Two Sides Clash Over Proposed Student Fee
With two days of voting left, both proponents and supporters of the University Centers fee filed grievances alleging campaign mismanagement. Graduate Student Association political science representative Jeffrey Kwong, of the anti-UCEN group, filed a grievance on April 6 because he found out about available campaign funding after the pro-UCEN group.Written by Regina Ip
07 April 2011
Kwong spearheaded a campaign against the recently proposed University Centers Fee and CPI Referendum — which, if passed, charges students an additional $5 for a total $81.50 per quarter to support maintenance and operation of the Price Center, the Old Student Center and the Che Café.
In the grievance, Kwong states that the late notice about the $400 of funding available — which comes from vendors’ rent and is allocated by University Centers director Paul Terzino — for the pro and con campaign does not provide both sides the same amount of time to spend the money.
Kwong called for the elections board to order members of the pro campaign to stop campaigning.
“They’re just telling us, with two days left in the election, and it’s just not fair,” Kwong said. “We’ve been unable to use the money for a longer period of time.”
University Centers Advisory Board Chair Nicole Metildi, from the pro campaign, said she knew Terzino would be providing funds since the week prior and found out that the funds were accessible by April 4, but did not use the funds until April 6 to post $150 worth of flyers.
Metildi said a grievance was filed on April 4, against members of the con campaign because they were inserting flyers underneath the dorm doors.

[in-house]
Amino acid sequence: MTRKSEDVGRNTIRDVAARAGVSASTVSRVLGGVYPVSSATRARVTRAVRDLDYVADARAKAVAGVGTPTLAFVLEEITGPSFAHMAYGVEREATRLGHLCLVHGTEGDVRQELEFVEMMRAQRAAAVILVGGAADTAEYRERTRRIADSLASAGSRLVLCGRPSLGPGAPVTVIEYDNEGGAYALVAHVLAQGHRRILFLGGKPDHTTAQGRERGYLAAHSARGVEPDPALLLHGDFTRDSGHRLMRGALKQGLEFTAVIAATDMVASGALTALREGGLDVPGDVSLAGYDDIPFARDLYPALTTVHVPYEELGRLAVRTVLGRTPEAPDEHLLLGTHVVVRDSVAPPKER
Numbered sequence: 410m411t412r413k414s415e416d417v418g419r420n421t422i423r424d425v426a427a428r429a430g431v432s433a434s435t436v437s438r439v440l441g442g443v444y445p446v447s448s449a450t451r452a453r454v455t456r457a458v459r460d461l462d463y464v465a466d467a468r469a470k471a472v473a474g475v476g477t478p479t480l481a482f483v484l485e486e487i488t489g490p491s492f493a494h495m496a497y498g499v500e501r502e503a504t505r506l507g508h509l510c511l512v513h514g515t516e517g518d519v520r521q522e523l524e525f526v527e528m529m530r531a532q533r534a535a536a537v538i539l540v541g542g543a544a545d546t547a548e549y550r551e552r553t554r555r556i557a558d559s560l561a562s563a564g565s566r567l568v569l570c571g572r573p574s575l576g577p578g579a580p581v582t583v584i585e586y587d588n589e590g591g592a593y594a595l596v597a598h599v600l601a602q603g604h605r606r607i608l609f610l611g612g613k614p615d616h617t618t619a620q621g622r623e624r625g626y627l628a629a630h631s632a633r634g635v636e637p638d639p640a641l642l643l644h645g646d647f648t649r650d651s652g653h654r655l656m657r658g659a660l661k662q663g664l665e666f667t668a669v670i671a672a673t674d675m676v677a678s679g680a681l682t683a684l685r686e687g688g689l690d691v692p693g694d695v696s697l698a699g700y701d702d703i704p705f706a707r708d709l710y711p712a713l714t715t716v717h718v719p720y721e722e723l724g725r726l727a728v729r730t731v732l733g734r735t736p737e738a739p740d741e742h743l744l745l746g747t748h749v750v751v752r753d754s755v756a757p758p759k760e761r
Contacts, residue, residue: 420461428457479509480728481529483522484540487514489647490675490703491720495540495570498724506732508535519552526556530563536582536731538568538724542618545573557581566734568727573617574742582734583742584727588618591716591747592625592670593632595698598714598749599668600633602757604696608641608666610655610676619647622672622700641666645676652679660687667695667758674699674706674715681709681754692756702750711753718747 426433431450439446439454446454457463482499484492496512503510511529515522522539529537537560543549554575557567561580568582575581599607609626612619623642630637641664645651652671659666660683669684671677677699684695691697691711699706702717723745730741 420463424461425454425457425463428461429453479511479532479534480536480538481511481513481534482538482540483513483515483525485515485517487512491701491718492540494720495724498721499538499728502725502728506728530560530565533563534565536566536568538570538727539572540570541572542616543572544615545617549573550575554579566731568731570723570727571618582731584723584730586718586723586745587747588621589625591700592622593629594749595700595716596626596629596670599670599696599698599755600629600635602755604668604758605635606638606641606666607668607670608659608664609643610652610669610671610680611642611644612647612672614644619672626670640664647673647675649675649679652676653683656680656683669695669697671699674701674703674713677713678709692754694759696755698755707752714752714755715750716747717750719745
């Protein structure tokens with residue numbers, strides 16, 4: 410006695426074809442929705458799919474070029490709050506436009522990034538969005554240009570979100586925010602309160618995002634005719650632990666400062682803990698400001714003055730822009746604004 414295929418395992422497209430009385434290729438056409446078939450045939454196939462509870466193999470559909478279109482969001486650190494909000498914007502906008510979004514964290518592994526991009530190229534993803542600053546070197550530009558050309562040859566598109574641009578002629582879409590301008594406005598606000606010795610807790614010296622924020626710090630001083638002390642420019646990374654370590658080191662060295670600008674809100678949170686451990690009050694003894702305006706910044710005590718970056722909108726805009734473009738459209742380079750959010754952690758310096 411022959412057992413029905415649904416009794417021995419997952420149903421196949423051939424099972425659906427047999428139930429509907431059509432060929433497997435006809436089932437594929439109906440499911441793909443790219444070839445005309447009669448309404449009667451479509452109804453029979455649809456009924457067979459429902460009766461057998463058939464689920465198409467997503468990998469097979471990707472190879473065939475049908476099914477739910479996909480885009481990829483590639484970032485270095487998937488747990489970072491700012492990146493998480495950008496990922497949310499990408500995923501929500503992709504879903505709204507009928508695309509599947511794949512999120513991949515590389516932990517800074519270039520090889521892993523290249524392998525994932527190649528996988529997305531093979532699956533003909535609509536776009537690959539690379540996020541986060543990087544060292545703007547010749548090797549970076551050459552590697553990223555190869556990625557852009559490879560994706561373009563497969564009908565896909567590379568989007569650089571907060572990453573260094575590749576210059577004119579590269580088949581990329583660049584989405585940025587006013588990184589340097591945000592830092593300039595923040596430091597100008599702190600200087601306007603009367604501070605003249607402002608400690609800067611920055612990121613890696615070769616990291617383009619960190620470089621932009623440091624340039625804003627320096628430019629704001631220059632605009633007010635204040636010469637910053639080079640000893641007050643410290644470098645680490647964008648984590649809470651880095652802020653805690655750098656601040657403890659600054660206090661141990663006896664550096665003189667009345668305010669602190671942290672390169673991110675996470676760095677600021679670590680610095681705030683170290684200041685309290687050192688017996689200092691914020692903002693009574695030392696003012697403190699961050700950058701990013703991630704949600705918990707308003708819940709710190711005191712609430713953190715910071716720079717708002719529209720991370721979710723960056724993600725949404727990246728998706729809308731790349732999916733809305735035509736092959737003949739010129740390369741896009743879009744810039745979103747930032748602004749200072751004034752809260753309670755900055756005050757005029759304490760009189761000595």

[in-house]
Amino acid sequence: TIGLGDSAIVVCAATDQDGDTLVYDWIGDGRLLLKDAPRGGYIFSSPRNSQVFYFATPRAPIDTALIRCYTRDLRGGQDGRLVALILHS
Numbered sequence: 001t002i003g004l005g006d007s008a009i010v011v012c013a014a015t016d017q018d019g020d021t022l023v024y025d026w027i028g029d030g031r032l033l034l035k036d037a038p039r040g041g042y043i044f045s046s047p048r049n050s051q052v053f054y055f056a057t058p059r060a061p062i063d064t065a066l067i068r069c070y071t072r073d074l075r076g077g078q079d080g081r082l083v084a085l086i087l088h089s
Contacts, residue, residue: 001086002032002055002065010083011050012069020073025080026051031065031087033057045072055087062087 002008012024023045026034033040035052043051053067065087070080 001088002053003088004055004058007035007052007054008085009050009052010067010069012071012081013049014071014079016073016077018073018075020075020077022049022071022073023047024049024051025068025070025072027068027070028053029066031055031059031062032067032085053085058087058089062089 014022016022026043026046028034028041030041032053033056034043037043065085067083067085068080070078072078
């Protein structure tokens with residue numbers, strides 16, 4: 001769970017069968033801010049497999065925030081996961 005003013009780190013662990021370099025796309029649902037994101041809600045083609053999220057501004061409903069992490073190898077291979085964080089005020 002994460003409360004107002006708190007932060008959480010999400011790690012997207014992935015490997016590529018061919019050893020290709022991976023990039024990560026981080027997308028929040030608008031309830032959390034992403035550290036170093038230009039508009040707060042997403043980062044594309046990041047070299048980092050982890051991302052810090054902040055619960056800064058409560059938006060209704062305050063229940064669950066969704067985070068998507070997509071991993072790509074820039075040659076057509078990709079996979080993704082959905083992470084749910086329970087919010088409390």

“That’s considered dorm-storming because you don’t know anyone inside the dorms,” Metildi said.
Metildi said the elections board responded on April 6, when the con campaign was told to take down its website and was not allowed to campaign in the dorms.
The elections board is required to respond to a grievance within 24 hours, after which a decision will be made and a hearing determined.
Kwong said he has campaigned against the fee since March 27 because he feels it supports mismanagement and poor spending policy.
The campaign’s purpose is to raise awareness about the vote, and increase the percentage of students who would vote down the fee hike.
“Price Center is an important resource, but the issue is that in the last four years we have nearly doubled the fee,” Kwong said. “In the same four years, the administration hasn’t been able to effectively utilize our resources. We think there is significant mismanagement in the activity center resources.”
The team of students opposing the UCEN referendum maintains that this mismanagement includes poor maintenance of the space available in the Price Center, such as the spaces where Chase and Kaplan now reside.
“They let empty spaces stay empty for the three years,” Kwong said. “It’s great that they have new vendors now, but in October 2010, when Chase and Kaplan opened, they told us that with these new vendors the student fees wouldn’t increase. Within a few months, here we are again.”
Metildi argues that nobody claimed the fee would never increase.
“Vendors do help us keep the fee low in comparison to other UCs,” Metildi said. “But neither I, nor anyone else to my knowledge, ever stated there would never be another fee increase.”
Kwong also claims that space has been allotted to vendors that do not make money for the University.
“There are vendors in the student center, such as the food co-op, that unfortunately aren’t making any money,” he said. “We support student businesses, but it seems unfair that we have ask the students to subsidize those businesses.”
Metildi argues that the co-op is more of a resource than a money-making part of the campus.
“I do agree they aren’t a money-making enterprise, they are more of a student service,” Metildi said. “We’re still trying to work with the co-ops.”